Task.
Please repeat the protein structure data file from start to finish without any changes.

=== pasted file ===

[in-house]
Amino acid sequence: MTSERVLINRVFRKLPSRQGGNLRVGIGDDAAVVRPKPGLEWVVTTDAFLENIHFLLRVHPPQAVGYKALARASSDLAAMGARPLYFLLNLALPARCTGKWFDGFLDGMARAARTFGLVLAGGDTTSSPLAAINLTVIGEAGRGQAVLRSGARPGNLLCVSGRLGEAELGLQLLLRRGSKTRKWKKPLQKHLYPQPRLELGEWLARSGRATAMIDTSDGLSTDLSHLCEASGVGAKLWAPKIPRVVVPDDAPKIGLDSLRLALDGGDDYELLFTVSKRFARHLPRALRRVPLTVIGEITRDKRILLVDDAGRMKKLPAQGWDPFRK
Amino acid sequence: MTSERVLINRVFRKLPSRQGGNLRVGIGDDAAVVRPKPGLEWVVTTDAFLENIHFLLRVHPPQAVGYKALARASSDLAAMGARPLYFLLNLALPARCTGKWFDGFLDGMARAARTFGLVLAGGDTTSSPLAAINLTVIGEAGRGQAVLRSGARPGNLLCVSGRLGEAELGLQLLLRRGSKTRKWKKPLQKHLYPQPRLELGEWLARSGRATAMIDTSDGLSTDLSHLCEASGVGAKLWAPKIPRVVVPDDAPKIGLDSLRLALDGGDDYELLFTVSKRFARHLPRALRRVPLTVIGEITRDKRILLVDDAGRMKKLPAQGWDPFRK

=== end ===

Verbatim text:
[in-house]
Amino acid sequence: MTSERVLINRVFRKLPSRQGGNLRVGIGDDAAVVRPKPGLEWVVTTDAFLENIHFLLRVHPPQAVGYKALARASSDLAAMGARPLYFLLNLALPARCTGKWFDGFLDGMARAARTFGLVLAGGDTTSSPLAAINLTVIGEAGRGQAVLRSGARPGNLLCVSGRLGEAELGLQLLLRRGSKTRKWKKPLQKHLYPQPRLELGEWLARSGRATAMIDTSDGLSTDLSHLCEASGVGAKLWAPKIPRVVVPDDAPKIGLDSLRLALDGGDDYELLFTVSKRFARHLPRALRRVPLTVIGEITRDKRILLVDDAGRMKKLPAQGWDPFRK
Amino acid sequence: MTSERVLINRVFRKLPSRQGGNLRVGIGDDAAVVRPKPGLEWVVTTDAFLENIHFLLRVHPPQAVGYKALARASSDLAAMGARPLYFLLNLALPARCTGKWFDGFLDGMARAARTFGLVLAGGDTTSSPLAAINLTVIGEAGRGQAVLRSGARPGNLLCVSGRLGEAELGLQLLLRRGSKTRKWKKPLQKHLYPQPRLELGEWLARSGRATAMIDTSDGLSTDLSHLCEASGVGAKLWAPKIPRVVVPDDAPKIGLDSLRLALDGGDDYELLFTVSKRFARHLPRALRRVPLTVIGEITRDKRILLVDDAGRMKKLPAQGWDPFRK